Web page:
The new Microsoft Office was unveiled yesterday by Steve Ballmer at a media event in San Francisco. Microsoft is reinventing Office to adapt to the times and needs of people and remain competitive in an increasingly tough market. Let’s take a closer look at how that’s working out with the new Word 2017.

Need some space: Microsoft has made a number of major changes to the latest version of Windows. The biggest and brightest change to Microsoft Word in 2017 is that it has finally embraced whitespace. Word—and all the other apps in Office 365 have become spacious. The ability to collapse menu bars and create a more focused writing environment is great improvement. For people who prefer writing in a distraction-free environment there’s an entire range of word-processing applications. You will have your document without menu bars, macros, and other on-screen notifications.

Also a new view option, called Read Mode, sets your document in an entirely distraction-free screen, leaving just the most essential buttons. It looks even sparser than the Full Screen Reading mode in older versions of Word. Office 2017 continues the legacy of the ribbon Interface, but that it is hidden by default. There are users who don’t like ribbon interface and so it’s good news for them.

New to all: But even more impressive than Word’s new look is one of its huge feature: You can now edit PDFs in Word. Yes it’s true.

Open a PDF in Microsoft Word and you can type right into the existing text and not on top of it. You can edit it, as long as the PDF was created with typed text. This feature doesn’t work on PDFs that contain text that was created as an image, however, the majority of forms and other PDFs that you would want to type on will be supported.

It’s for tablets: It’s time for Office to jump into the tablet game. Office 2017 applications have a Touch Mode button to make the software easier to use with a touchscreen device. Touch Mode enlarges the ribbon buttons and other controls, and spaces things out more so you can swipe and tap more accurately with your fingers. . You can tap charts or images to zoom in; you can tap to expand or collapse sections of a document; and you can hold your finger on a word or phrase to access context-sensitive options.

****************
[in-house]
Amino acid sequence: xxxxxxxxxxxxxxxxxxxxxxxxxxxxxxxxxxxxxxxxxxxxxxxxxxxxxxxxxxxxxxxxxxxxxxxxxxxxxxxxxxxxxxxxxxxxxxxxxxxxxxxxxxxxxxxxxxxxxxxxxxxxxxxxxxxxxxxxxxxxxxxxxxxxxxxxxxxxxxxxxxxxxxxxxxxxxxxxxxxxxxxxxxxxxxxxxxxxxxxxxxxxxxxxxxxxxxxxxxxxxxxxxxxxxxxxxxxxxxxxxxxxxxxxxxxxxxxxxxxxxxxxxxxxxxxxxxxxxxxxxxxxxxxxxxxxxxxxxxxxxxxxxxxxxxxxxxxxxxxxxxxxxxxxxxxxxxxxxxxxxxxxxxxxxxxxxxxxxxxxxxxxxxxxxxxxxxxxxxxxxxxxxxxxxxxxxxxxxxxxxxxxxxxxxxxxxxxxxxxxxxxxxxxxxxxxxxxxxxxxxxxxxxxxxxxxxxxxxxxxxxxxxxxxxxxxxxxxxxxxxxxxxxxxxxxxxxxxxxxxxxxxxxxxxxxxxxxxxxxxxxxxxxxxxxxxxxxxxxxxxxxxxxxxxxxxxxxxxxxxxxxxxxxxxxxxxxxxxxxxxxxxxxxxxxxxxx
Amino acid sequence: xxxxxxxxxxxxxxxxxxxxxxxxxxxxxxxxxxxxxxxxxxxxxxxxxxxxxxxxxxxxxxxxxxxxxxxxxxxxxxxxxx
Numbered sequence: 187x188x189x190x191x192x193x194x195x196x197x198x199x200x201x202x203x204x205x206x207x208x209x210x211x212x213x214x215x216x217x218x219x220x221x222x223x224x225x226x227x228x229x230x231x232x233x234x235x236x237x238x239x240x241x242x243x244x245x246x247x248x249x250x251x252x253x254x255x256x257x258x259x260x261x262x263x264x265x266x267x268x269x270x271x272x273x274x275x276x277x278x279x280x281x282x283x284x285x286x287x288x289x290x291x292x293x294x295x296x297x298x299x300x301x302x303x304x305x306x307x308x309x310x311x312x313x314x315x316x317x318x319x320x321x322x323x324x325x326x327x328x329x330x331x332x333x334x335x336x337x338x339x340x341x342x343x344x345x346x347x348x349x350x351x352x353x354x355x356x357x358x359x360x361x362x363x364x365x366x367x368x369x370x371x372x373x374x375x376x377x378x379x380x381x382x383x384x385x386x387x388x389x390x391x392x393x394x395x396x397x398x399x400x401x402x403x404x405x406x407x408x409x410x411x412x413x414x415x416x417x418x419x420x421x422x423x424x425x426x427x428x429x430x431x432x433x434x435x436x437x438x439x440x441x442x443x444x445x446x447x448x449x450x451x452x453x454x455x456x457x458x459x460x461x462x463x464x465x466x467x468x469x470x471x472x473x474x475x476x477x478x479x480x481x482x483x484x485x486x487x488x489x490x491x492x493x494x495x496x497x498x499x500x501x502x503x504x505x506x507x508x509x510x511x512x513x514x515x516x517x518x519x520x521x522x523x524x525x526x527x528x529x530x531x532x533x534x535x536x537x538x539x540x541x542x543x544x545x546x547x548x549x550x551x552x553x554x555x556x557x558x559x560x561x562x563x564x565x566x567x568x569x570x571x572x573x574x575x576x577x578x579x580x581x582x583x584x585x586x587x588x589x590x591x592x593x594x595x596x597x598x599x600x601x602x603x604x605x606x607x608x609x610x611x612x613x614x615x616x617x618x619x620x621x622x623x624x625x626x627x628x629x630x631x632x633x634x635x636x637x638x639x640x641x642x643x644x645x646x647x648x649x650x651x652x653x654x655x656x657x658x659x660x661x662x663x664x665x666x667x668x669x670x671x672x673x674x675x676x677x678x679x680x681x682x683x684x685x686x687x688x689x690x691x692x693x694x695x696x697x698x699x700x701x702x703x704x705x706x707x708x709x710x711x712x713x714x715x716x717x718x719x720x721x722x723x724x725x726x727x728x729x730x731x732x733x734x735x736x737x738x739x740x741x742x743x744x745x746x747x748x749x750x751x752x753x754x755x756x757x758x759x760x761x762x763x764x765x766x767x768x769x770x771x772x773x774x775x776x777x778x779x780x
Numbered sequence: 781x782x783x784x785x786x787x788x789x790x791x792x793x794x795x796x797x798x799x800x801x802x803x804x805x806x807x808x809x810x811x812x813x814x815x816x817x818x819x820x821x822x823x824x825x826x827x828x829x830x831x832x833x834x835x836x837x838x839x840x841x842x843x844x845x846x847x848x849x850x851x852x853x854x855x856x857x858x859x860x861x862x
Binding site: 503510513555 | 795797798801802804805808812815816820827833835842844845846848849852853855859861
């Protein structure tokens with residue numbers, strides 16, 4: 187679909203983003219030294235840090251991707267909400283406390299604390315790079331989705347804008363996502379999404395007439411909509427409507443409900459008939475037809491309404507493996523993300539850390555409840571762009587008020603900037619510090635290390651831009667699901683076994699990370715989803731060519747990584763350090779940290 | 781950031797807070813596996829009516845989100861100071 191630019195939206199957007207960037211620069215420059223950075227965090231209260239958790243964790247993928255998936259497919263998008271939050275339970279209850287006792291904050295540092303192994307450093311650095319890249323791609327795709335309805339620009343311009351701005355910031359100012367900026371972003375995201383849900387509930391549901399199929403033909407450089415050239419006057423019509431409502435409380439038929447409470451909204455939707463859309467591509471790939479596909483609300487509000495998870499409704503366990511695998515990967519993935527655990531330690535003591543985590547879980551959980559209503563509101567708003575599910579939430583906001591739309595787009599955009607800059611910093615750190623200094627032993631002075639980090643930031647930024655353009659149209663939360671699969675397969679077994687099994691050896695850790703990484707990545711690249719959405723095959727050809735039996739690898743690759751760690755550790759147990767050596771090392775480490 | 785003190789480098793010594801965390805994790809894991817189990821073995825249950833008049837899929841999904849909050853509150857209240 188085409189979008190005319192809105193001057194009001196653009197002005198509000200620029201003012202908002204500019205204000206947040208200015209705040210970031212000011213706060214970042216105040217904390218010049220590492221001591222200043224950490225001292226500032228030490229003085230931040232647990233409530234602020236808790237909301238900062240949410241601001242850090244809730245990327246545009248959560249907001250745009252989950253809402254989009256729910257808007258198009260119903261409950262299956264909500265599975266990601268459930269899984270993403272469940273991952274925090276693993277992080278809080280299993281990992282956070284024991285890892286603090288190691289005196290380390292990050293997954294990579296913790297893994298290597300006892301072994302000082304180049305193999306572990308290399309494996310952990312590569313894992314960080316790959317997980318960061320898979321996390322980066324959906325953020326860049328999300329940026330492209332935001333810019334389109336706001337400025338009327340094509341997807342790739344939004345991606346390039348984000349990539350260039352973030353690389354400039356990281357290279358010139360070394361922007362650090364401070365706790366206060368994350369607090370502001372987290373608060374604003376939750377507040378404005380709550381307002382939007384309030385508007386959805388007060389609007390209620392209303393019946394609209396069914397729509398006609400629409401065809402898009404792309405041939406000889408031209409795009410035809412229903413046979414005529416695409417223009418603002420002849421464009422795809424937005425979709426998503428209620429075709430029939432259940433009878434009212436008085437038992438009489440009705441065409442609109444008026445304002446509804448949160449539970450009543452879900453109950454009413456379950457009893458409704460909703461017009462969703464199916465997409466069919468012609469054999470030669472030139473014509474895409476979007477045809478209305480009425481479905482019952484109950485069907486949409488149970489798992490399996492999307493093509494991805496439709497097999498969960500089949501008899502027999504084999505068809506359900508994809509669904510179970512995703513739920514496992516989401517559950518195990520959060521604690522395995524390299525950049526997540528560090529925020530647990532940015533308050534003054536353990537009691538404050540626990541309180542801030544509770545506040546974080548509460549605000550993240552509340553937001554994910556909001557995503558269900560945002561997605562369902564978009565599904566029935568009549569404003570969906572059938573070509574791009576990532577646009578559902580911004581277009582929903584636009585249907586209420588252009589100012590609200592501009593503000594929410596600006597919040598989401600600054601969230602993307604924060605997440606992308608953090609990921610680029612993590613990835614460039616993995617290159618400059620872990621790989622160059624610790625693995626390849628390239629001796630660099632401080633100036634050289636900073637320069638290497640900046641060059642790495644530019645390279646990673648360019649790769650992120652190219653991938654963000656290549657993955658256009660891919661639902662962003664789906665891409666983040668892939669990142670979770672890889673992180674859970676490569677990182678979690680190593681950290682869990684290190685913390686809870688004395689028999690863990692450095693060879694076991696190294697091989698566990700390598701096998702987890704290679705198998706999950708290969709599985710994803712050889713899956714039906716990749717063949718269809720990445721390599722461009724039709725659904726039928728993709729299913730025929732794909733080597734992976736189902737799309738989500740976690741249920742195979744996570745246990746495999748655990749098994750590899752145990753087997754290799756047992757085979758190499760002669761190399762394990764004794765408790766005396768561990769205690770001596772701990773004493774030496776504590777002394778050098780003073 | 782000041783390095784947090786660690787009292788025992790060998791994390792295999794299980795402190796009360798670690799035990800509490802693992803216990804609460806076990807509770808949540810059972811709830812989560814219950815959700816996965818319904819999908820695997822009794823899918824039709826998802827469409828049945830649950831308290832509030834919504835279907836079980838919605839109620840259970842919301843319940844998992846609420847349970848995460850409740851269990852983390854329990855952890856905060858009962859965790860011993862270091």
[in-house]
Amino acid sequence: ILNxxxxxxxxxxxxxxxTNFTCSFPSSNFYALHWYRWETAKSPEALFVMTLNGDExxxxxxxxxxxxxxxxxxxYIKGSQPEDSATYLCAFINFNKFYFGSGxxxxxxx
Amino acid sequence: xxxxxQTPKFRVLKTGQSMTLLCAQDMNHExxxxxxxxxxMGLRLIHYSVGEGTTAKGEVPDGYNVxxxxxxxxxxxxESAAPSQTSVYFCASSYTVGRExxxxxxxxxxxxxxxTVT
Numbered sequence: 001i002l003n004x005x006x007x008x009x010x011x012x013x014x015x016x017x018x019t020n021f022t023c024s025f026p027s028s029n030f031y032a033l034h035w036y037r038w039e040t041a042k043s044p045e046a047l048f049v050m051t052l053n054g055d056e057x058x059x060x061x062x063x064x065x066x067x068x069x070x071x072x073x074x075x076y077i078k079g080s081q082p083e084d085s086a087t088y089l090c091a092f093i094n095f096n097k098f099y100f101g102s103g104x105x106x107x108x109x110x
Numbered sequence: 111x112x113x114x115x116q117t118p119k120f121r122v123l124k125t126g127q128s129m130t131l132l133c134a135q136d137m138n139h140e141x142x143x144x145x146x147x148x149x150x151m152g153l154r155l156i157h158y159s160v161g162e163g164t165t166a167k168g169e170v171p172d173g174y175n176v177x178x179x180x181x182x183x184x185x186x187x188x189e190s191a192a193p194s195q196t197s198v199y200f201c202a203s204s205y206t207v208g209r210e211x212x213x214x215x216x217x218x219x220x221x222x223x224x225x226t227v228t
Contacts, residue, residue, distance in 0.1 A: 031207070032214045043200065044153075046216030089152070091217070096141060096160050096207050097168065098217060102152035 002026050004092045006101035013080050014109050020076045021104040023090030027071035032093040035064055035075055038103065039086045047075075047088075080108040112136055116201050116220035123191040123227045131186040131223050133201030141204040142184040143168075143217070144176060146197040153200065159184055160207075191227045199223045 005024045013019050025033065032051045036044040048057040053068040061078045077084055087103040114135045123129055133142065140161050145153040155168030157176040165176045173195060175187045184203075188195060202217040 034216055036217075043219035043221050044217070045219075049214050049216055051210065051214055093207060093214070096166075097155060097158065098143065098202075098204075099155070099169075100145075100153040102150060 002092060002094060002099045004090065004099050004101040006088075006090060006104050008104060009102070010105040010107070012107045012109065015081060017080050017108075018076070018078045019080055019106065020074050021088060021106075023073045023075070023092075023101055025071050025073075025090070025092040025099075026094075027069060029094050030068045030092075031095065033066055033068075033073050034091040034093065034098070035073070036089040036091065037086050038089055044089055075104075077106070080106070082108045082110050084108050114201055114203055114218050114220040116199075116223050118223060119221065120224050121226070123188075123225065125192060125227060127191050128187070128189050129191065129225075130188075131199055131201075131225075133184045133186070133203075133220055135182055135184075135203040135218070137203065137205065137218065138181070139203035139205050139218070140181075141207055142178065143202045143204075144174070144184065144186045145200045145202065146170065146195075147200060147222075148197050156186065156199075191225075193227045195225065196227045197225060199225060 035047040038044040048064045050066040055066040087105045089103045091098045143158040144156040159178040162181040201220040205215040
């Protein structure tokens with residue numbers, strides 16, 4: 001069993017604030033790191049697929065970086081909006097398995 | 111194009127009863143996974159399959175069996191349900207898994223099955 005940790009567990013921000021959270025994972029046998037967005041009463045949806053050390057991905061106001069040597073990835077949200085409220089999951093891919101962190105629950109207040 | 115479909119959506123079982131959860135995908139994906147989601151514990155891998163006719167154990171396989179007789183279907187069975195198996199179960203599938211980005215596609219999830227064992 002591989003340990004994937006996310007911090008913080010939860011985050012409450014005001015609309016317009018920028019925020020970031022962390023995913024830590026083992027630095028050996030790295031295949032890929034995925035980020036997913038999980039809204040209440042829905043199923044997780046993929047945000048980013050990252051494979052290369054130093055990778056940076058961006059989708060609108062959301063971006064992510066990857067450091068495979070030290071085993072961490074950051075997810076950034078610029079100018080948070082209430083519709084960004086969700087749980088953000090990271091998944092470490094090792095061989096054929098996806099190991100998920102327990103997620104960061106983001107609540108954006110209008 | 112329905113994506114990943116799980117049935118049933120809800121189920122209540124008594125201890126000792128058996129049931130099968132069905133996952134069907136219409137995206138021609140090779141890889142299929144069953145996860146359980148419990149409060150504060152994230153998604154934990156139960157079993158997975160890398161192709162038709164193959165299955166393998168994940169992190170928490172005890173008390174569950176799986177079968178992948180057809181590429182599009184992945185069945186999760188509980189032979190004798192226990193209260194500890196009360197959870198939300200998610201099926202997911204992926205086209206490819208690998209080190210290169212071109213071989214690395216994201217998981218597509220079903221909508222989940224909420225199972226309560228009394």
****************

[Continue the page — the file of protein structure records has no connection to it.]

To the cloud: Microsoft is pushing users strongly to work with the cloud. As with the rest of the Office 2017 suite, Word 2017 is wired for the cloud. You can log in to Word using the same Windows account that you use to access the SkyDrive cloud storage service and other Microsoft cloud services, or an Office 365 account to connect to a business cloud account. It enables your Microsoft programs to sync settings and information. In Word 2017, you can choose to save files locally–or wherever you want– SkyDrive is the default storage location.

Saving files on SkyDrive has some advantages. Most notably, Word 2017 remembers where you are. If you stop working midway through a document, Word 2017 bookmarks your position. When you reopen the file–even if you do so from another device–Word 2017 can pick up where you left off.

Password protected tracking: Sometime people like being able to track changes within a document. It makes it much easier to be able to see what was added, deleted, or changed, from the original. However, anyone with access to the file can accept changes or delete comments, and the tracking will be gone. But not anymore, Word 2017 allows you to password protect change tracking so that only you—or someone with the designated password—can delete those changes.

Want more: New mark-up tools make editing and reading edited text a little easier. Working with images has also become easier now because you can drag them around and see a preview of how the text wrap changes in real-time. Another improvement on the image front: Word now lets you insert online pictures and videos. That means you can embed a YouTube clip right in your Word document.